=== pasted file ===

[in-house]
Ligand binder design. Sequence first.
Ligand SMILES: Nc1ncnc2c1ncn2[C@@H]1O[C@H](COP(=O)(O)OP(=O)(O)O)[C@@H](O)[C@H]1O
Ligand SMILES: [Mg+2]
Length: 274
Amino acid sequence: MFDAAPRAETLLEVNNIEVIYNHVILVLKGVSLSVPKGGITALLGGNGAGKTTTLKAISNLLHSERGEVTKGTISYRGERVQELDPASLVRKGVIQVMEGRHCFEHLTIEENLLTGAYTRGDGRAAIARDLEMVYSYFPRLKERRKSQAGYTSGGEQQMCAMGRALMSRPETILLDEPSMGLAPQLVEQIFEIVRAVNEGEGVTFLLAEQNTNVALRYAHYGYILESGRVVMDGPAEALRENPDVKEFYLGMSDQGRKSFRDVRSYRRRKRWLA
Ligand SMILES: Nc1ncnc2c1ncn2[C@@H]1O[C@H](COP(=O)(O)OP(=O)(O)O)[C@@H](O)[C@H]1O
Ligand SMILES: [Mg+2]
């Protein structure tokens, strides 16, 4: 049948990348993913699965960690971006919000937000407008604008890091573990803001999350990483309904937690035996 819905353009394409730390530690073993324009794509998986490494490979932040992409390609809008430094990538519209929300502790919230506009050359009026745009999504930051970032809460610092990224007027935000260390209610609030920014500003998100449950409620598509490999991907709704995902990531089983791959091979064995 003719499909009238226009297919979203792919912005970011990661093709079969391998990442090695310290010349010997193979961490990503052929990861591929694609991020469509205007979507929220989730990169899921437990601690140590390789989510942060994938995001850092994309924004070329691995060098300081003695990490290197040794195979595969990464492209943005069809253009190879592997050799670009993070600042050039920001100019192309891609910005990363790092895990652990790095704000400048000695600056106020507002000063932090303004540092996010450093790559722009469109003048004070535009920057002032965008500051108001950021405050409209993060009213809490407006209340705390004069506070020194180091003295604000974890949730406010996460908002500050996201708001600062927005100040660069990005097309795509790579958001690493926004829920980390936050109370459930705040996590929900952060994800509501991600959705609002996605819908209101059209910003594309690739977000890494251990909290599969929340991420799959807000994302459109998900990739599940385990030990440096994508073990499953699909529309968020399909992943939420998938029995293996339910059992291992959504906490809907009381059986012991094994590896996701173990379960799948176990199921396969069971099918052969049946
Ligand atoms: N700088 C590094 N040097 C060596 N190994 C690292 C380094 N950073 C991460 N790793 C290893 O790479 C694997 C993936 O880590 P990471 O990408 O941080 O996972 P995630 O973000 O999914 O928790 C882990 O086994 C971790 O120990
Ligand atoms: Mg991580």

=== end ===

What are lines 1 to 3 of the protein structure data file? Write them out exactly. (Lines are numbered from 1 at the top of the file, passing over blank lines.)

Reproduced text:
[in-house]
Ligand binder design. Sequence first.
Ligand SMILES: Nc1ncnc2c1ncn2[C@@H]1O[C@H](COP(=O)(O)OP(=O)(O)O)[C@@H](O)[C@H]1O